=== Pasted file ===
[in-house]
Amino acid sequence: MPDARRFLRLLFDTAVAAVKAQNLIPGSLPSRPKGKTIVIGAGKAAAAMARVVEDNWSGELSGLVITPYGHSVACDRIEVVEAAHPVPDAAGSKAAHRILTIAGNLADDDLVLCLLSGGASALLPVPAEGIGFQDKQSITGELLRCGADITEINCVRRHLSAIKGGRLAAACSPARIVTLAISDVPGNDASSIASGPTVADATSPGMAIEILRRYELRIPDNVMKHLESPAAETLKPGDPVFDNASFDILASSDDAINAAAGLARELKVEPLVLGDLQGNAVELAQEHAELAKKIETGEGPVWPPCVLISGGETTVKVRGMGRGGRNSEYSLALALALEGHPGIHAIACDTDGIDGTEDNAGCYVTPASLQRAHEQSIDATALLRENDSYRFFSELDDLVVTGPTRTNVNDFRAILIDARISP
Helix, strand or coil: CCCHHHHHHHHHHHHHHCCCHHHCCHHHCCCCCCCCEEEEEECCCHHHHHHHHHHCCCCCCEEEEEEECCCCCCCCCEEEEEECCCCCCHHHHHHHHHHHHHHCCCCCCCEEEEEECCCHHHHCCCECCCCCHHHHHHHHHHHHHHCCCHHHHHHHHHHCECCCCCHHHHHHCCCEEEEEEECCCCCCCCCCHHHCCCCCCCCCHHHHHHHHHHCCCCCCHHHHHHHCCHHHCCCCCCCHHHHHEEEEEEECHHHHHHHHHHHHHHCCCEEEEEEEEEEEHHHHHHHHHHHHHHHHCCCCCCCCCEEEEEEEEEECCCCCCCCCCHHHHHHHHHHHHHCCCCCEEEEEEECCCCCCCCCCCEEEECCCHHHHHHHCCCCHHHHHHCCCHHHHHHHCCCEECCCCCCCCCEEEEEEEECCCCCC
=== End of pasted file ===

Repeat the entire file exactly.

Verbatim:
[in-house]
Amino acid sequence: MPDARRFLRLLFDTAVAAVKAQNLIPGSLPSRPKGKTIVIGAGKAAAAMARVVEDNWSGELSGLVITPYGHSVACDRIEVVEAAHPVPDAAGSKAAHRILTIAGNLADDDLVLCLLSGGASALLPVPAEGIGFQDKQSITGELLRCGADITEINCVRRHLSAIKGGRLAAACSPARIVTLAISDVPGNDASSIASGPTVADATSPGMAIEILRRYELRIPDNVMKHLESPAAETLKPGDPVFDNASFDILASSDDAINAAAGLARELKVEPLVLGDLQGNAVELAQEHAELAKKIETGEGPVWPPCVLISGGETTVKVRGMGRGGRNSEYSLALALALEGHPGIHAIACDTDGIDGTEDNAGCYVTPASLQRAHEQSIDATALLRENDSYRFFSELDDLVVTGPTRTNVNDFRAILIDARISP
Helix, strand or coil: CCCHHHHHHHHHHHHHHCCCHHHCCHHHCCCCCCCCEEEEEECCCHHHHHHHHHHCCCCCCEEEEEEECCCCCCCCCEEEEEECCCCCCHHHHHHHHHHHHHHCCCCCCCEEEEEECCCHHHHCCCECCCCCHHHHHHHHHHHHHHCCCHHHHHHHHHHCECCCCCHHHHHHCCCEEEEEEECCCCCCCCCCHHHCCCCCCCCCHHHHHHHHHHCCCCCCHHHHHHHCCHHHCCCCCCCHHHHHEEEEEEECHHHHHHHHHHHHHHCCCEEEEEEEEEEEHHHHHHHHHHHHHHHHCCCCCCCCCEEEEEEEEEECCCCCCCCCCHHHHHHHHHHHHHCCCCCEEEEEEECCCCCCCCCCCEEEECCCHHHHHHHCCCCHHHHHHCCCHHHHHHHCCCEECCCCCCCCCEEEEEEEECCCCCC